Showing Up

Posted on October 11, 2016



Last month, my high school class celebrated its 20 year reunion.

Someone created a Facebook group for us all and there were a bunch of pictures posted from those days. Pictures of teenagers with crazy, frizzed-out hair and plaid flannels and almost painfully insecure postures. Pictures of athletes and clubs and social gatherings in the hallways between classes.

As the people I went to high school with tagged each other and commented on the funny outfits of the 90’s and added details to others’ memories, I felt an uneasy sense of being absent. Despite the many pictures posted, I wasn’t in any of them.

I ran cross country and track in high school. There were pictures posted of the cross country and track team. There were shots of the entire team together and pictures of meets in the rain and 2.5 mile races up exhausting hills. Yet,  despite one picture where I had my (then) very long hair covering half of my face, I was missing from these too.

Where the hell was I?

One of our coaches started posting pictures when she heard about the reunion. There were so many that she had-an unbelievably large archive: pictures of everyone stretching before big races, skinny, cold runners in late October, several girls huddled together after a heart-breaking loss, the starting line of a sectional race where you could almost feel the tension of those waiting for the gun.

These pictures were incredibly poignant. Running was one of the best parts of high school-a part of those tough years that I actually longed to remember. In these pictures, I saw everyone I raced with. Everyone but me.

There was a shot of the girls’ varsity cross country team that I suddenly remembered ditching out of. When, during 7th period, an announcement came on over the intercom that all of us were supposed to gather out on the field after the dismissal bell for the team picture, I made an excuse about a stomachache and just went home.

I remembered, then, as well, how every time our picture-loving coach brought out her camera, I slipped quietly to the side.

Other photo-escaping memories started resurfacing then. I remembered a time when the yearbook committee came bustling loudly down the hall, yelling to everyone that they were snapping pictures for the yearbook. It was so easy to hide behind all of the those who were rushing ahead of me to get into the shots.

Of course I wasn’t in any of the pictures. I ran from every single one.

Growing up, my mother always commented on how unphotogenic I was, how pictures made me look ugly and disfigured, how they made my nose look too big and my gums look too wide. I was so ashamed of this that I decided to be photographed as little as possible. That’s why I wasn’t in but a handful of pictures. Even in the ones where I was forced to appear, I found a way to hide behind my hair.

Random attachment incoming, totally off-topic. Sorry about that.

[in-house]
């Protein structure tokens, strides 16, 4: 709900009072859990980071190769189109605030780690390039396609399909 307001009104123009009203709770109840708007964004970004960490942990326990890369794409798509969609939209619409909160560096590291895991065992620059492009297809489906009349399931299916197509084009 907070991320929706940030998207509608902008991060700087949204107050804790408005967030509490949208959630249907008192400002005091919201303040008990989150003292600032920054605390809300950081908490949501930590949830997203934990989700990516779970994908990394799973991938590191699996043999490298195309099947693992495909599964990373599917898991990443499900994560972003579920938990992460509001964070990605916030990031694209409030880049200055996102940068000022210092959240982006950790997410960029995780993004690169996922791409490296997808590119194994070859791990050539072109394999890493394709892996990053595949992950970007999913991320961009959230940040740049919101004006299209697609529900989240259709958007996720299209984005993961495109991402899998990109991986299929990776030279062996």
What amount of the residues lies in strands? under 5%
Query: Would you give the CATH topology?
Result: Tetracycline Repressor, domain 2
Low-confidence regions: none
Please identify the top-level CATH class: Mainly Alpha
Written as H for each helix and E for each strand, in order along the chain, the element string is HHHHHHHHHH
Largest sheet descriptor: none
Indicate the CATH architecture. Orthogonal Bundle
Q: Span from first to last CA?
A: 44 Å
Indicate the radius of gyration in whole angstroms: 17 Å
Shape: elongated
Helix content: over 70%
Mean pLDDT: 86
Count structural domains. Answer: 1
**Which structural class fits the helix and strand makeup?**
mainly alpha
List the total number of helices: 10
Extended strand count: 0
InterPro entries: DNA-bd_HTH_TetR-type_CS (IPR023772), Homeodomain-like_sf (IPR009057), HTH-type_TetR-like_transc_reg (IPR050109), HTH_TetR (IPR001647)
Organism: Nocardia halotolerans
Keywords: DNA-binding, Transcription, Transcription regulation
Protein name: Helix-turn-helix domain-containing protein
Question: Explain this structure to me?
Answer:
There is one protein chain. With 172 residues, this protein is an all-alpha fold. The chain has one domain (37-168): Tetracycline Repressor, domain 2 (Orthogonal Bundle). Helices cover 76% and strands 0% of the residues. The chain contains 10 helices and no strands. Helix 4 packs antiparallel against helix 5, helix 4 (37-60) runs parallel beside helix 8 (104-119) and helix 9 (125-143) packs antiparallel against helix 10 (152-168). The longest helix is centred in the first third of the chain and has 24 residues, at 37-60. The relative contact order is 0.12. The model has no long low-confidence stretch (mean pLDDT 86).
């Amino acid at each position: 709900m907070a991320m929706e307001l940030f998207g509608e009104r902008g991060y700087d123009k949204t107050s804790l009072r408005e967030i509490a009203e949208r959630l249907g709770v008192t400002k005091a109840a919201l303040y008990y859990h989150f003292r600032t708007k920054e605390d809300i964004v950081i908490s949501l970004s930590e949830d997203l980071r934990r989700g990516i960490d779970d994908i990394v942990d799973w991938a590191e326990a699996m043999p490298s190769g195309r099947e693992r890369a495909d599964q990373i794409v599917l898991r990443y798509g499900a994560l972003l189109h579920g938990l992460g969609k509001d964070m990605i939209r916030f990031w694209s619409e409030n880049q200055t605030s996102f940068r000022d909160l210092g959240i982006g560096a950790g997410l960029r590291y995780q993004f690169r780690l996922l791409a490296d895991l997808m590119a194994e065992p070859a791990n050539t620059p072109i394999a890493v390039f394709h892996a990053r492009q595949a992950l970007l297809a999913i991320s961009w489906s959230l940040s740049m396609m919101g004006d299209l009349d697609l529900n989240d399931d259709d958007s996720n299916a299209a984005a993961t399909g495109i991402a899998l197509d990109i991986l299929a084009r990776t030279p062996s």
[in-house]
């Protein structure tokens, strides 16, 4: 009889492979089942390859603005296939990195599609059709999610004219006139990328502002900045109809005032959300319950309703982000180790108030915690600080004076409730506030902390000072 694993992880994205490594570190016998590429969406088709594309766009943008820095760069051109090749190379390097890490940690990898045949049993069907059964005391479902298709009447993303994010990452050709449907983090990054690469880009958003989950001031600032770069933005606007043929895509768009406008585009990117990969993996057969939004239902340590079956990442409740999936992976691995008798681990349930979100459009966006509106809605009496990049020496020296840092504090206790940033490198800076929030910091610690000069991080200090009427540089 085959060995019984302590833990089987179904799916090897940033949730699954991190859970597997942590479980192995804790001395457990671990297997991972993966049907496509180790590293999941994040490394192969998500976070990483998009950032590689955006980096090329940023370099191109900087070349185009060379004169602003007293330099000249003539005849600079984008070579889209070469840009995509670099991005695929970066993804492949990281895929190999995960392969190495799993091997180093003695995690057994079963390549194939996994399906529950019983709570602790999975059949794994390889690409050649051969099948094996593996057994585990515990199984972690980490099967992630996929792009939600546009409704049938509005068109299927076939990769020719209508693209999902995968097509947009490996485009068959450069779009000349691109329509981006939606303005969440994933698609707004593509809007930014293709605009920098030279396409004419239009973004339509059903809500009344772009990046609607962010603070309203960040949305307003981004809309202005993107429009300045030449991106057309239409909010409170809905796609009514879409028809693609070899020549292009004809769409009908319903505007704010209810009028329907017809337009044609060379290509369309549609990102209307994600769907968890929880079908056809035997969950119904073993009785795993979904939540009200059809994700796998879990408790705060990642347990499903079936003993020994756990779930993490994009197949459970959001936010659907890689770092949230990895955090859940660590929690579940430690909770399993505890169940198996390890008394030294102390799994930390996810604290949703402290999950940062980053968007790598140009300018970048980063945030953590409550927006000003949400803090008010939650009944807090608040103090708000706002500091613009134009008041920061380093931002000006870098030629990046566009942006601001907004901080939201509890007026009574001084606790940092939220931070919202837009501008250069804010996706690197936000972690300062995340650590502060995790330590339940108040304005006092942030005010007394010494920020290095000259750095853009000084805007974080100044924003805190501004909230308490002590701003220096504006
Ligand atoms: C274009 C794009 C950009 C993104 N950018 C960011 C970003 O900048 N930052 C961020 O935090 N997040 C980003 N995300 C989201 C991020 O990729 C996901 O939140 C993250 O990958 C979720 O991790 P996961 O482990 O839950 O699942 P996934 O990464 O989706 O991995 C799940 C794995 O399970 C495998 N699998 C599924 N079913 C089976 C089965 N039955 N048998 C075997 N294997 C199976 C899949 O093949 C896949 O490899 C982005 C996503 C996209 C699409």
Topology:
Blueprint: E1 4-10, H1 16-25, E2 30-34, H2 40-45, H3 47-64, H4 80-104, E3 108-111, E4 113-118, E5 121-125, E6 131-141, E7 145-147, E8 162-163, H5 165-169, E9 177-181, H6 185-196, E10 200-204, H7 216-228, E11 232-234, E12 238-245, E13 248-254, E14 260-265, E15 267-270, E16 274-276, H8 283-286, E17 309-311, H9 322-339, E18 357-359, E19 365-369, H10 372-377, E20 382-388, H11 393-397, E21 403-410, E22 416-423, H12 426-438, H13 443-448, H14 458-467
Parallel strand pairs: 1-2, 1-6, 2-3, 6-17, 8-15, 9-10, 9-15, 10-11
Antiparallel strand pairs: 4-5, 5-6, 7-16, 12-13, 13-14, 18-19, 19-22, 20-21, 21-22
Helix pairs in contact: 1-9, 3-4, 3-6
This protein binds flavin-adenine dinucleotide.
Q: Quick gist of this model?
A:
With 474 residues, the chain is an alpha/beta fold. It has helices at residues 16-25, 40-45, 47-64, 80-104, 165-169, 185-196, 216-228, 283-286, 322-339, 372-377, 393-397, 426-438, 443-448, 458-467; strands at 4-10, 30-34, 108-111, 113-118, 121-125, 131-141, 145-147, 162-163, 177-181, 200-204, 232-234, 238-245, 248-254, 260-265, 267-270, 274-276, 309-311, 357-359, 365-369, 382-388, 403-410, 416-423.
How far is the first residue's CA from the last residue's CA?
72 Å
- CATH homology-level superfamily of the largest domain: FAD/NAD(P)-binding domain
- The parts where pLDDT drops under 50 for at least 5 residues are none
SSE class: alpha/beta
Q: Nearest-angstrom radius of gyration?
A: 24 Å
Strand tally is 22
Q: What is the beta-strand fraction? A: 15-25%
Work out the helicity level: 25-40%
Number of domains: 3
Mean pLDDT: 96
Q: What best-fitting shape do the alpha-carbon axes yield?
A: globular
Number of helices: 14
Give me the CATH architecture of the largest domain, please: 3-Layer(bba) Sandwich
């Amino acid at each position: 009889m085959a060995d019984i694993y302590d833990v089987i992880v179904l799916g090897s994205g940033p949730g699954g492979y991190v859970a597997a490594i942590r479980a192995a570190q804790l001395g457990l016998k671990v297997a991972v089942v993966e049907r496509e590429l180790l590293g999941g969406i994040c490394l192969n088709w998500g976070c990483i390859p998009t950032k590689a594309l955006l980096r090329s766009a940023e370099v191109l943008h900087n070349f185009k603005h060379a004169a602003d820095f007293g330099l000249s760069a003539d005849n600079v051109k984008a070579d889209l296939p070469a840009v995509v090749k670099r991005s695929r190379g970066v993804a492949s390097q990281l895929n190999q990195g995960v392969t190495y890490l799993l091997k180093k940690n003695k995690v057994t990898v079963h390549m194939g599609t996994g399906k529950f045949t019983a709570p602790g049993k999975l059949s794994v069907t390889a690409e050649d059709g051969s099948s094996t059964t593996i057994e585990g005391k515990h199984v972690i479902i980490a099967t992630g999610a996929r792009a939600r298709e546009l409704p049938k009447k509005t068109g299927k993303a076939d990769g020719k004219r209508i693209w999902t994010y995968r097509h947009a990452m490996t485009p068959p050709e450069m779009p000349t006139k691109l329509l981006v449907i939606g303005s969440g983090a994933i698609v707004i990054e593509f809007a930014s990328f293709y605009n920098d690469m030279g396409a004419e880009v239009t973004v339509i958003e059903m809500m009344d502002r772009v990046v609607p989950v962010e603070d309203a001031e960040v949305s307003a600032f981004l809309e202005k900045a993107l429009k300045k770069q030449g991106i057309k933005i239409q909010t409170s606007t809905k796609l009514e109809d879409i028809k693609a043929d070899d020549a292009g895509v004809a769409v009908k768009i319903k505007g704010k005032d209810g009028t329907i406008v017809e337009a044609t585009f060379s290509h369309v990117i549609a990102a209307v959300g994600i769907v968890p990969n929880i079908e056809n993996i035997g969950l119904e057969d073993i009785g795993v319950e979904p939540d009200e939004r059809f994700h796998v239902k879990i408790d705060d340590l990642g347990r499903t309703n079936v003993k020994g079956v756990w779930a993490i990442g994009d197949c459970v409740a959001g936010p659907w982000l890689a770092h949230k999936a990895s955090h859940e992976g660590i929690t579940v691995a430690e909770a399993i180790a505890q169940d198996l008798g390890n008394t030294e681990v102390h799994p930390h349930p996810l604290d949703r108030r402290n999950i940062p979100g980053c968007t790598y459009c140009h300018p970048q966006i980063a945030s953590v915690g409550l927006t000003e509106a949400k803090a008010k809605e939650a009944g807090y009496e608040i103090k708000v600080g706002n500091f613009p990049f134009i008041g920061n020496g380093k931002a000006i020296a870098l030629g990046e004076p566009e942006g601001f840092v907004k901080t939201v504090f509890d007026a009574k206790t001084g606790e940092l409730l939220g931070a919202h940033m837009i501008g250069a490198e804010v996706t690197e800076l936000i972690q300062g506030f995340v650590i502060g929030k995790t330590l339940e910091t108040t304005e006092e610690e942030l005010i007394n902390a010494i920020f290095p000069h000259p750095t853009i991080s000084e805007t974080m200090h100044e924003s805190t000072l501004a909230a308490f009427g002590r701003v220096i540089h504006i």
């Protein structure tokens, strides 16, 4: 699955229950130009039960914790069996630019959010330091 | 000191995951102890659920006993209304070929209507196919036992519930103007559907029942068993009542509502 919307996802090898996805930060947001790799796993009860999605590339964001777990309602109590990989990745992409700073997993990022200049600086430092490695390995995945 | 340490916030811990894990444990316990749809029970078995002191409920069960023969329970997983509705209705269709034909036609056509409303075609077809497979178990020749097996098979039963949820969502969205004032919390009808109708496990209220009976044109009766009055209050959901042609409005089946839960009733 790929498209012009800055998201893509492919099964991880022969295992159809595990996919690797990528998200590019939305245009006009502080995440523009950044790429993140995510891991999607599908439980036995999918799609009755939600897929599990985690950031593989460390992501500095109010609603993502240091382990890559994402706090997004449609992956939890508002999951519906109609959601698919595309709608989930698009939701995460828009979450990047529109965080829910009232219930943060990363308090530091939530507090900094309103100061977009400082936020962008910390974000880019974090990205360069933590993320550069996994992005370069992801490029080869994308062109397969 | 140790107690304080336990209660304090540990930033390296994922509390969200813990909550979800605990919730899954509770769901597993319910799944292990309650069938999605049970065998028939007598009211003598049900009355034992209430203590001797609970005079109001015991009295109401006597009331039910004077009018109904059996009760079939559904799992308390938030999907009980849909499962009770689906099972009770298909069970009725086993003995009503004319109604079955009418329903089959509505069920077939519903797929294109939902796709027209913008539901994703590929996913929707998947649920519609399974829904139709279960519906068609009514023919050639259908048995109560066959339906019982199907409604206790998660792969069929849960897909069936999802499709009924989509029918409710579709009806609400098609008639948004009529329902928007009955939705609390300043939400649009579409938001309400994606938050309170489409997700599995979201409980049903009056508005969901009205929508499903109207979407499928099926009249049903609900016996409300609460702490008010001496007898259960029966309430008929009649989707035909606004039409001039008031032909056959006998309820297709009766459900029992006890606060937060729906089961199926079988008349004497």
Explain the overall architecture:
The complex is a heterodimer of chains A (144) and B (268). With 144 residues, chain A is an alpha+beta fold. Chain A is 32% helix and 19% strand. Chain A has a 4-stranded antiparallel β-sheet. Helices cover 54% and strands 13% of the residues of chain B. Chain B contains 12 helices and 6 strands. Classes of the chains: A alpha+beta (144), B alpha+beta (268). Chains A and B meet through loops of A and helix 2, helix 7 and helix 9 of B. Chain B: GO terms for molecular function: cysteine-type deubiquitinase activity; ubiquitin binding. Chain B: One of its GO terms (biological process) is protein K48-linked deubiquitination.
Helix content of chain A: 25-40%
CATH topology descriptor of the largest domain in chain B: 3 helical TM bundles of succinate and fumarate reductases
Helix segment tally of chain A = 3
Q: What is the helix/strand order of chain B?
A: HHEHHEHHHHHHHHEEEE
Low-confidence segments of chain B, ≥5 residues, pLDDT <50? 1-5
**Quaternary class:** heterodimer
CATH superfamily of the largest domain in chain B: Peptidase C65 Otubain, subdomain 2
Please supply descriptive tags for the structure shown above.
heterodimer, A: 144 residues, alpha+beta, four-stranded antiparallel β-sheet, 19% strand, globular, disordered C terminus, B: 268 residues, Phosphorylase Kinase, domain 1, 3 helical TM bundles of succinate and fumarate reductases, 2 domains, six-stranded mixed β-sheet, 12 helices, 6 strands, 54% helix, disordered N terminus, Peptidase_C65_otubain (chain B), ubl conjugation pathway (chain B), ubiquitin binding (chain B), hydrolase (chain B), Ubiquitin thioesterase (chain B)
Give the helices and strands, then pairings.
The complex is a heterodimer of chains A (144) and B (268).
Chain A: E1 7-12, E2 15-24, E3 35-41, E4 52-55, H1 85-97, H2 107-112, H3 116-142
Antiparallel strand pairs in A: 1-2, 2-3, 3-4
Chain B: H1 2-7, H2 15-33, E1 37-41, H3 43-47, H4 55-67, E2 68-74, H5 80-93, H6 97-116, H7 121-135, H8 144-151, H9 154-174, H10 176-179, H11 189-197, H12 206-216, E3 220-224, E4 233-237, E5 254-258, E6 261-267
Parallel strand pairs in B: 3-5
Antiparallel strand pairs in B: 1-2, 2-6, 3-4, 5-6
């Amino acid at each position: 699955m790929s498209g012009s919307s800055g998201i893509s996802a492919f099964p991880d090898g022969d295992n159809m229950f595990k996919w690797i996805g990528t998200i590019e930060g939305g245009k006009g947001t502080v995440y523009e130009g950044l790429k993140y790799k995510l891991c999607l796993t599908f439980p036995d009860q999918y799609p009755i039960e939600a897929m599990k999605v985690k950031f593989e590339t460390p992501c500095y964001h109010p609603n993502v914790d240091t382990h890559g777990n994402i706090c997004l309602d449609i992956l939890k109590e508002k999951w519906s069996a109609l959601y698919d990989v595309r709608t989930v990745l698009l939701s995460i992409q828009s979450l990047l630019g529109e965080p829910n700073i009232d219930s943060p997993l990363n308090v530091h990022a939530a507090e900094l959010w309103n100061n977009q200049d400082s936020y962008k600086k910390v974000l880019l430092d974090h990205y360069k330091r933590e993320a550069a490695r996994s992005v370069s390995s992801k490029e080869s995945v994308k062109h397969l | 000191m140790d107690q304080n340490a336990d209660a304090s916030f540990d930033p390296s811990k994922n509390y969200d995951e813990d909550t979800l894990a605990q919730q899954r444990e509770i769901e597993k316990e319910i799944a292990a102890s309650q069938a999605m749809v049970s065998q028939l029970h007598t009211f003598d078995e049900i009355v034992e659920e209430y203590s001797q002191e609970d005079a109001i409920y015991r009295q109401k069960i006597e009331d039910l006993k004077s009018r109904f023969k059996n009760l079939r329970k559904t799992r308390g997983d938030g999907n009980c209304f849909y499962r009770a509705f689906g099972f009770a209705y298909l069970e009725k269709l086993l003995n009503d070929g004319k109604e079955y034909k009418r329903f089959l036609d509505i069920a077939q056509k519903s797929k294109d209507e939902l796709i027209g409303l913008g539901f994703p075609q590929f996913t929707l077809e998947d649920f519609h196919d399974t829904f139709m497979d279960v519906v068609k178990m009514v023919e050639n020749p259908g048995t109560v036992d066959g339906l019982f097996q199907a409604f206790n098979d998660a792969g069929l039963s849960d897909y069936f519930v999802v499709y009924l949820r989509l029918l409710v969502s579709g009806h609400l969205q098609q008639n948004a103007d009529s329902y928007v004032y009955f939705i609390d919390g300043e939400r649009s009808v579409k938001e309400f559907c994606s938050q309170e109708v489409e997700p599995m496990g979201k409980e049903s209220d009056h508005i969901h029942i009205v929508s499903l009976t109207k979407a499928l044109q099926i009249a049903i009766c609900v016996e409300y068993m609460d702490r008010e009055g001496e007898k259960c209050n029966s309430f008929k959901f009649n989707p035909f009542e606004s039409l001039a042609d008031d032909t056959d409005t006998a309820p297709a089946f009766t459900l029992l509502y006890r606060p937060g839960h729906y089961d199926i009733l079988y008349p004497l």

I felt immensely sad about this-that I had purposefully chosen not to be present in the records of my high school years because of my shame. That I had ducked and ditched and hidden to the point of being forgotten.

As I scrolled through all of those pictures my classmates posted, I realized that although I was there, I was missing. Even though high school wasn’t the highlight of my life, I did want there to be some lasting proof that I actually existed in and experienced that time and space. Now, twenty years later, when I ached to remember the stomach-knotting anxiety of a race or the friendships I had with my teammates, I had only the pictures of others to assuage me. If an archaeologist were to reconstruct my high school class, I wouldn’t even be there.

This past month, I’ve been thinking a lot about this-about how our shame and our insecurities hold us back in such soul-destroying ways. Even though I’m not a high school kid any more, I know I still run from stuff that makes me feel uncomfortable.

If you take a step back from your own life for a day and start observing, maybe you’ll see what I’ve seen in my own life: that in trying to hide the things I’m ashamed of or in trying to escape my insecurities, I not only hold myself back-I allow my true self to be missing. I allow who I am to be forgotten by everyone, including me.

Sure, if you hide, you will never be exposed. No one will see your warts. But then no one will see you at all. 

I’m doing this radical thing now, this thing where I am being more honest and more vulnerable with people than I’ve ever been before. When I felt taken advantage of at work because I kept getting handed (and successfully completed) huge projects with no promotion, I spoke up. When a couple of women lambasted working moms in a mom’s group I was in, I quit and told them why I was leaving. When some friends of mine forgot to celebrate my birthday, I let them know I was hurt.

And yes, there was a great deal of shame that accompanied each and every time I was willing to be exposed by telling others how I felt. Yes, I felt insecure at willing to be this vulnerable. But I did it still, because it’s better than pretending. It’s better than hiding.

Little by little, I am tackling each and every insecurity that’s convinced me to hold myself back in my life. I don’t want another twenty years to go by where I duck and hide, where I slip into the background to the point of being forgotten because I’m scared that someone else will judge me for who I really am.

I challenge you, as I am challenging myself, to be willing to show up and be seen.  At the end of the day, no matter how uncomfortable it is, nothing could be more liberating.